“i seem eccentric but otherwise pretty normal on our dates, right? haha fooled you! because as soon as you leave my house, i cry for hours/talk to voices/throw up/cut myself/get wasted/sleep for two days/freak out completely/get sad for a week.”

is it ethical to withhold that information from a potential housemate, a potential employer, a new friend, a drinking buddy, or a new lover?

what if you know for a fact that someone doesn’t respect a radical perspective on mental health, and you know that they would try to encourage you to ruin your life with electro-shock, or toxic medications, if you’re a person who chooses to live without them? what if you know they will lose respect for you, or begin to walk on eggshells around you, or break up with you, or fire you? or just treat you a little differently from then on, like all of a sudden they pity you?

on the other hand, as adults, we have the luxury of autonomy in many parts of our lives. will stigma ever lift if nobody’s “out of the closet” about our experiences? how will people know to treat me with kindness if they do not know about my abusive childhood? perhaps, paradoxically, ‘normal’ people are -less- inclined to write off my behaviors as ‘crazy’ if they know not to take them personally. maybe it would give people empathy and perspective. perhaps coming out would fling open a door to a community of others like me.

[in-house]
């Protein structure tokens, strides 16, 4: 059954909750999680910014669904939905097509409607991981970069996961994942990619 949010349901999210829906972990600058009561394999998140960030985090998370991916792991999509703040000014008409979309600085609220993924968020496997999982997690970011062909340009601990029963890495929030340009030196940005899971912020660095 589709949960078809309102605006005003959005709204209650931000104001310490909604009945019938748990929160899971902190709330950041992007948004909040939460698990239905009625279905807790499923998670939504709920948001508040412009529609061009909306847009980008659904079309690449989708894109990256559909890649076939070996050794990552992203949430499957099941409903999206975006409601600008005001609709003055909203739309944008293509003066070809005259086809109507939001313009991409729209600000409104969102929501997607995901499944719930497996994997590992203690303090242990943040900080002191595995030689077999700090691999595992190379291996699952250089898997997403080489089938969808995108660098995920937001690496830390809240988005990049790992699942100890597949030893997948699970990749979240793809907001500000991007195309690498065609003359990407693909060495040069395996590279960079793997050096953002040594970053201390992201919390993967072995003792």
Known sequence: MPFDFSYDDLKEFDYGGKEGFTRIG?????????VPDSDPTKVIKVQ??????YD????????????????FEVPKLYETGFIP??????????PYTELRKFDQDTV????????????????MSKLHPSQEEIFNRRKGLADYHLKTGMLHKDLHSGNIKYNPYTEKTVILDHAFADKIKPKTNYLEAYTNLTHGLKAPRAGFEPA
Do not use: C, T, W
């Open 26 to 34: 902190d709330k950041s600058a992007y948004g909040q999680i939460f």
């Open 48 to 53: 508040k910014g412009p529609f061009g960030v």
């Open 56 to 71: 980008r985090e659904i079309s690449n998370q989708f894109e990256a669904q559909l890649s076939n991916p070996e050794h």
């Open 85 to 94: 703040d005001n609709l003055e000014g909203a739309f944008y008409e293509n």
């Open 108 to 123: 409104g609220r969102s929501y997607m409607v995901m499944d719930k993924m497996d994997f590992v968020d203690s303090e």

…or perhaps it would leave me even lonelier, cut off from “normal people”… whose world i don’t fit into, anyhow.

mad pride is such an incredible movement. i would like to think that i am working towards a point where i can feel proud of myself as a creative, resourceful, wild, compassionate, rad, somewhat not-the-stupidest, messy and magickal little moodmonster and not feel like a gigantic fucking mess, like a person imprisoned by a broken mind. like it could be okay to be a little sadlet sadding along some days because i am not my sadness – i am a writer, i am a body, i am a cooker of foods and a brightener of days. and i should be proud of who i am – mental health hiccups and all – and you should, too.

because, overall, you are pretty fucking amazing.

so, what about you? are you “out” to everyone? what do you think about stigma and disclosure?

sex-negative? (or, confessions of a prude)

radical communities have been on this “sex-positive” tip for a long time now.

i don’t feel like a sex-positive person.
in fact… i think i’m sex-negative.

i can already hear it:

here’s the disgusting truth:
sex positive communities do not always respect people who choose to abstain.

i have had friends lash out at their “prudish, Victorian, hopeless, sexless, celibate, tight-ass vanilla friends and family” with me in the room, unaware how shaming it is to have your “sex-positive” friends be so negative about your sexuality.



i do not always feel positively about my own sexuality, i don’t usually care about others’ wild sex lives, and i am certainly never going to feeling positively about a culture that places SUCH A STRONG EMPHASIS ON SEX.